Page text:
http://seattle.legistar.com/View.ashx?M=F&ID=9969083&GUID=15848989-6281-4BE2-B9C3-F9AAF6EFAF1C

          Porcello, Michael. (2022, July 27). Phone Interview with Legislative Aide to Washington D.C. City Councilmember Mary Cheh. 202.724.8062
          https://dccouncil.us/council/michael-porcello/

          Pollock, C. (2018). Bill No. B22.234, the Leaf Blower Regulation Amendment Act of 2017-Written Statement by Arup.
          https://quietcommunities.org/wp-content/uploads/2020/09/Arup_Bill-No-B22-234-the-Leaf-Blower-Regulation-Amendment-of-2017.pdf

          Radke, Bill. (2014, October 31) “Radke Rant: Leaf Blowers Are Lazy, Selfish And Stupid” KUOW
          https://www.kuow.org/stories/radke-rant-leaf-blowers-are-lazy-selfish-and-stupid

          Smith, Cam WCAX News (2022, June 4) “New Ordinance in Burlington bans gas-powered leaf blowers” Retrieved from https://www.wcax.com/2022/06/04/new-ordinance-burlington-bans-gas-powered-leaf-blowers/

          US Environmental Protection Agency, (2021a, May 5). Ground-level Ozone Basics. EPA.gov.
          https://www.epa.gov/ground-level-ozone-pollution/ground-level-ozone-basics

          US Environmental Protection Agency, (2021b, May 5). Health Effects of Ozone Pollution. EPA.gov.
          https://www.epa.gov/ground-level-ozone-pollution/health-effects-ozone-pollution

          University of Washington Evans School of Public Policy and Governance graduate student team, (2022, June). “Leaf Blowers: Addressing the Impacts of Gas-Powered Leaf Blowers in Seattle, WA” https://pedersen.seattle.gov/wp-content/uploads/2022/08/Leaf-Blower-Report-Final-Draft-June-2022.pdf

          Walker E. & Banks, JL. (2017). Characteristics of Lawn and Garden Equipment Sound: A Community Pilot Study. J Environ Toxicol Stu 1(1).
          https://pubmed.ncbi.nlm.nih.gov/31448365/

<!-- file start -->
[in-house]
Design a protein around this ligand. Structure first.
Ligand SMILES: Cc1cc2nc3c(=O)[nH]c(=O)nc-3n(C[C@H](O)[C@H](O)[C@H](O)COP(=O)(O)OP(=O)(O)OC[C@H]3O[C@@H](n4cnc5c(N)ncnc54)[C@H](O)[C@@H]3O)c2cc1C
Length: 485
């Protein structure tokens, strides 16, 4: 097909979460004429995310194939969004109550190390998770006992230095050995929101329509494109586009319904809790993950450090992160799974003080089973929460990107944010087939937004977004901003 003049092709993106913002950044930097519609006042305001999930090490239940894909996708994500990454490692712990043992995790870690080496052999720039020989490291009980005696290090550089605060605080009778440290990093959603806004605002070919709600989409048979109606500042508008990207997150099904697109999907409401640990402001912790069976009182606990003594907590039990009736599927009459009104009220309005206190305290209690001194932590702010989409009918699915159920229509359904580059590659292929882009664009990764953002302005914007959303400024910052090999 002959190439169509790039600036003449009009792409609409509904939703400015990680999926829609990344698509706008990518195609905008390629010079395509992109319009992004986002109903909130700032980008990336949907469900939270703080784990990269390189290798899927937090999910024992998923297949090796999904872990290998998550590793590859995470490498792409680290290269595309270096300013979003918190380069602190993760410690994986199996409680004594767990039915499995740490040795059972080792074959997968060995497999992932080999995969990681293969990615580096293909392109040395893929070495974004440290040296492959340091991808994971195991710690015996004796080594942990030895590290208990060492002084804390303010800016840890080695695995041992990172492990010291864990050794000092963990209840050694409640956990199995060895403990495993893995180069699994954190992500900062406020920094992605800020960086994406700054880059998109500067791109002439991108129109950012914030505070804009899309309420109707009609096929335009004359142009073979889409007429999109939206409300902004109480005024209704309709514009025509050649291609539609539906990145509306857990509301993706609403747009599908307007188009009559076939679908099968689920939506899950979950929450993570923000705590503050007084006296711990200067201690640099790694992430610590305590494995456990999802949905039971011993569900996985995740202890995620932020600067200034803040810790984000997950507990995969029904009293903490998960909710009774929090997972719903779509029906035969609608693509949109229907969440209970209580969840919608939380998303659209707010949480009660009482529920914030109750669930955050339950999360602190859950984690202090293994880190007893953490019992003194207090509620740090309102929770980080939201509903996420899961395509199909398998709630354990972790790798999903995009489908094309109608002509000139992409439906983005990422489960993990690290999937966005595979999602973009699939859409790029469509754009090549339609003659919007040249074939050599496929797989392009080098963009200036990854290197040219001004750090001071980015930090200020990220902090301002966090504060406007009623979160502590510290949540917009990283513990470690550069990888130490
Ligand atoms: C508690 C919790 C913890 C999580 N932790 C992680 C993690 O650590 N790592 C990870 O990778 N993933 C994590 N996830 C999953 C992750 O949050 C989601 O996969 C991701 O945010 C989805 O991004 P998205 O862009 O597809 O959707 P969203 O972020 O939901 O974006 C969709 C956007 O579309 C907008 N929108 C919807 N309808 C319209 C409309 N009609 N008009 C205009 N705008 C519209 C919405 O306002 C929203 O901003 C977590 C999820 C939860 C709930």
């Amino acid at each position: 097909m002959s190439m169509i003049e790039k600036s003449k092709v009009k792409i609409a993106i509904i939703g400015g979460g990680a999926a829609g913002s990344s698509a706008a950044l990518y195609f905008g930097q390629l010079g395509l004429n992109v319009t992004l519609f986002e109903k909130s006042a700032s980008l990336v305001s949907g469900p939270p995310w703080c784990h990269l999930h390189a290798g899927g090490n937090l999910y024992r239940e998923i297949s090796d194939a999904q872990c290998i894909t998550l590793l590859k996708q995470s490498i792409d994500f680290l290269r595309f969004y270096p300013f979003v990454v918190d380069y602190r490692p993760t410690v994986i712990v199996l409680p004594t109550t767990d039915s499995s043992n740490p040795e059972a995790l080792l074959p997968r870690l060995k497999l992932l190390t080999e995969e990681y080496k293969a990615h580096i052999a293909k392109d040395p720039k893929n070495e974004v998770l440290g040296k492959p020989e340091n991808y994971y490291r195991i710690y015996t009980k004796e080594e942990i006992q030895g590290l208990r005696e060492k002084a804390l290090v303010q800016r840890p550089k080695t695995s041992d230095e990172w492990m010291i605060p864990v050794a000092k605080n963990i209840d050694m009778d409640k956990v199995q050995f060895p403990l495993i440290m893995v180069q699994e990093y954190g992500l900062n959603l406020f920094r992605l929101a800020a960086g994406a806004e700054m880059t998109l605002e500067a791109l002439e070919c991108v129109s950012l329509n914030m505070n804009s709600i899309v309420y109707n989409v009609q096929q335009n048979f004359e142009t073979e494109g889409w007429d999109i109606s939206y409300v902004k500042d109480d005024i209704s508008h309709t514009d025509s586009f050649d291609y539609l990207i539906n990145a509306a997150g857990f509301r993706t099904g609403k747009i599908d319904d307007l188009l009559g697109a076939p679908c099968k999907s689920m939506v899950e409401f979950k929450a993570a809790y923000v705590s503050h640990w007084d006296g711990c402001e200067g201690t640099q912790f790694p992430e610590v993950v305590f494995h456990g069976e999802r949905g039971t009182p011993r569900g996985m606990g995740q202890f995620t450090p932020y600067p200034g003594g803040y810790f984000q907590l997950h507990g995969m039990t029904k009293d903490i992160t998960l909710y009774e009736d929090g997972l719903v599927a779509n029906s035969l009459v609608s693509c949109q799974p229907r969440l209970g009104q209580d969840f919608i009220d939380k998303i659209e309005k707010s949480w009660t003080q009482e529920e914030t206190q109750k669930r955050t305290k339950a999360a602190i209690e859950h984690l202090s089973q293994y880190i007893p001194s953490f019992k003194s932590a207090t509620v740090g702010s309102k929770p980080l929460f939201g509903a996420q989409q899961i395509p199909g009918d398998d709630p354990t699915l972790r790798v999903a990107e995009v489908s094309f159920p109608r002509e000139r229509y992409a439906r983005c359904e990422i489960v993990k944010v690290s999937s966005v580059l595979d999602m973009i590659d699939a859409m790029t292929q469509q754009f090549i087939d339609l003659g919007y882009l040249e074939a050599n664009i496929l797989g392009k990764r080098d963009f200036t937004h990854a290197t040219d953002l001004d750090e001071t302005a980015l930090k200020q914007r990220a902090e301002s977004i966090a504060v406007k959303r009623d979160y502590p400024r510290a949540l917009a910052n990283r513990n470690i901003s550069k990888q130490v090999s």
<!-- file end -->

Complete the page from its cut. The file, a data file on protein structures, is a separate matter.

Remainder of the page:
Washington D.C. Department of Consumer & Regulatory Affairs. (2022, January 1) “Leaf Blower Regulations” Retrieved from https://dcra.dc.gov/leafblower

          Willon, P. (2021, December 9). California regulators sign off on phaseout of new gas-powered lawn mowers, leaf blowers. Los Angeles Times.
          https://www.latimes.com/california/story/2021-12-09/california-regulators-phaseout-new-gas-powered-lawnmowers-and-leaf-blowers

          # # #


          Will April showers bring May tree protections?

          April 26th, 2023

          Friends and Neighbors,

          I hope you are enjoying the warmer spring weather as we approach the end of April. In this month’s newsletter, please click on the links below to zip to the sections that interest you the most:

          Please click on the links below to zip to the sections that interest you the most:

          • District 4:  Clean-up in Roosevelt; Community Center Opening at Magnuson, Mixed-use Project Coming to Wedgwood; Speaking at the Fremont Neighborhood Council, Boba Fest Celebration in U District; Safety Walk in University Park; Crime Prevention Tips Organized by Hawthorne Hills / View Ridge.
          • Public Safety and Homelessness: Addressing the Fentanyl Crisis on Seattle Streets; Before the Badge Dialogues; Improving the Plan to Reduce Homelessness.
          • Taxes and Budgets: Recent Poll Confirms Seattle Resident Concerns about Taxes; Explaining Seattle’s Tax Revenues; Questions about Mayor’s Proposal to Triple the Property Taxes that Help Create Low-Income Housing; and Take Our 2-Question Survey!
          • Land Use Policies Impacting Seattle: 61 Amendments to the Mayor’s Tree Legislation; State Politicians Hand Financial Victory to Developers.